When people think of technology, they often have two simultaneous but conflicting thoughts: it helps and it hurts. Pew Research Center has studied Americans’ technology habits for two decades, and throughout that time, the public has identified clear benefits and drawbacks. While people value technology’s openness and connectivity, they are weary of its distractions and capacity to mislead.
These concerns are particularly salient when it comes to politics. The rise of digital technology has coincided with unprecedented political polarization in this country. From think pieces to casual conversations, many feel technology exacerbates these divisions. They are left to wonder how tools meant to bring us closer together can sometimes drive us further apart.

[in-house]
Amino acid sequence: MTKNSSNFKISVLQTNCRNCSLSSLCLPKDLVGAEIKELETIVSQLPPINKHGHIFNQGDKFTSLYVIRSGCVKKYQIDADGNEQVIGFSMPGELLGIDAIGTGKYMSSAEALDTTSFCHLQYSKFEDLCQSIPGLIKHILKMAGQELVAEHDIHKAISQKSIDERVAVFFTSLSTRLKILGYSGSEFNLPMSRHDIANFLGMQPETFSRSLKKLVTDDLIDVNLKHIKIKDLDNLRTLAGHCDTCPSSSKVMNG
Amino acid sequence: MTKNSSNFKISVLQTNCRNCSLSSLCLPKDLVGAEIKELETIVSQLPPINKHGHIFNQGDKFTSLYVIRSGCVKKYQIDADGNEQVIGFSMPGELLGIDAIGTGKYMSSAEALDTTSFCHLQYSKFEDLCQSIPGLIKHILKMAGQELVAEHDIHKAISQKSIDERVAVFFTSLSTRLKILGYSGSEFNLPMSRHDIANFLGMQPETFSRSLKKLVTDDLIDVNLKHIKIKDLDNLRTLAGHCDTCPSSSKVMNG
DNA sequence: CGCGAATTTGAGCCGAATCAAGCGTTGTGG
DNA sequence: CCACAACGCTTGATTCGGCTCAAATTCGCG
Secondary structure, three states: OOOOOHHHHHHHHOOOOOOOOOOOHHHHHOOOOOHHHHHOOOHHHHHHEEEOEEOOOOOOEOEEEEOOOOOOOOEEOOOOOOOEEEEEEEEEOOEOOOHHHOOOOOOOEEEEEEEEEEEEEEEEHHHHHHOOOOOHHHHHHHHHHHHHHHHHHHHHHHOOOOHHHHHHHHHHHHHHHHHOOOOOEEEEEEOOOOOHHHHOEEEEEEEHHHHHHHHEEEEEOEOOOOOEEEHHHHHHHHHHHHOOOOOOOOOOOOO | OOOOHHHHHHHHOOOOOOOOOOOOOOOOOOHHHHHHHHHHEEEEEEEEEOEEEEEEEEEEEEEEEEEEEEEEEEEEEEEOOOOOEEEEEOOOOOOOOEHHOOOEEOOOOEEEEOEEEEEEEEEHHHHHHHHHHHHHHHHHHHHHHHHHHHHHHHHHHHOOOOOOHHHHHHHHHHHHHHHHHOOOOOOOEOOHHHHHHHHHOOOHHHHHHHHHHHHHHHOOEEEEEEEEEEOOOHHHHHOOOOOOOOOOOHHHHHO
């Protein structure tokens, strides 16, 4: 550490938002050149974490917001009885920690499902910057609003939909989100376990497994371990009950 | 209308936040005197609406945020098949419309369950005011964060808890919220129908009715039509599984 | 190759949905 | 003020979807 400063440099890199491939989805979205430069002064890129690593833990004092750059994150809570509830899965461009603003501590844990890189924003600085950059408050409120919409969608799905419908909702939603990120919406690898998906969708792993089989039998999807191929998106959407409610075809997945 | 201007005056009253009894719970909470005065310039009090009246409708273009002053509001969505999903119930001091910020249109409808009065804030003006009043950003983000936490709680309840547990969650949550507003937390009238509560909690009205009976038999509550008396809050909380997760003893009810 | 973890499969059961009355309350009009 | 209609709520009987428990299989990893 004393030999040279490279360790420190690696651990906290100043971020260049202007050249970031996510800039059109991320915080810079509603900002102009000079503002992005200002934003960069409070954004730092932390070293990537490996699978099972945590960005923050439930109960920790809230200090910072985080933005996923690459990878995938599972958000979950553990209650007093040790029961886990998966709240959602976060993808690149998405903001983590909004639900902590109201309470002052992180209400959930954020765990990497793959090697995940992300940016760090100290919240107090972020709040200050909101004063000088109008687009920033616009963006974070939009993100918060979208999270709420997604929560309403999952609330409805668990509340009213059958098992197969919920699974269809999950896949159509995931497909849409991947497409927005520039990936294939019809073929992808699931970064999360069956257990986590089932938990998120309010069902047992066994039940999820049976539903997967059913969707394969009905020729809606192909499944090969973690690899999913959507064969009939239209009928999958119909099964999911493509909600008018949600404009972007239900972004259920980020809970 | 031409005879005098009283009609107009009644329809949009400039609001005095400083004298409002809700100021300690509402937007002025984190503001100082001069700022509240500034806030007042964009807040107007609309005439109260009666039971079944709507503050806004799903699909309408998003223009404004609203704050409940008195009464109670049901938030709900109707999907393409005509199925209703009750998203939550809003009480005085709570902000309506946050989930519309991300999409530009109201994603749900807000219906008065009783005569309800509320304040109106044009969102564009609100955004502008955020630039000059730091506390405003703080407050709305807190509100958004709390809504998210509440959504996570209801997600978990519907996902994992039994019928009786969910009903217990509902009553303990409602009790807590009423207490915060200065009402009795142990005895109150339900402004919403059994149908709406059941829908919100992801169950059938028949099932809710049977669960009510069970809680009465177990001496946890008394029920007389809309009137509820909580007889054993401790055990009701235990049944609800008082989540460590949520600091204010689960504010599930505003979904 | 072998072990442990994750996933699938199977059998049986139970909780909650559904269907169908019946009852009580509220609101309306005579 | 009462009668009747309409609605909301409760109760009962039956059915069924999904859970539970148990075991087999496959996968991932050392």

But while the technology may be new, engagement online is often a reflection of political involvement more broadly. For instance, a recent Pew Research Center report showed that those who are politically engaged take active steps to interact with political material on social media. One-in-five of these political enthusiasts “often” discuss politics on these platforms, while more than half follow political candidates or figures. And while a notable proportion expresses misgivings about the tone of political discussions on social media, the politically engaged are more likely to think social media help bring new voices into the discussion and get people involved with issues that matter to them. All in all, more than a third say they like seeing lots of political content on their feeds.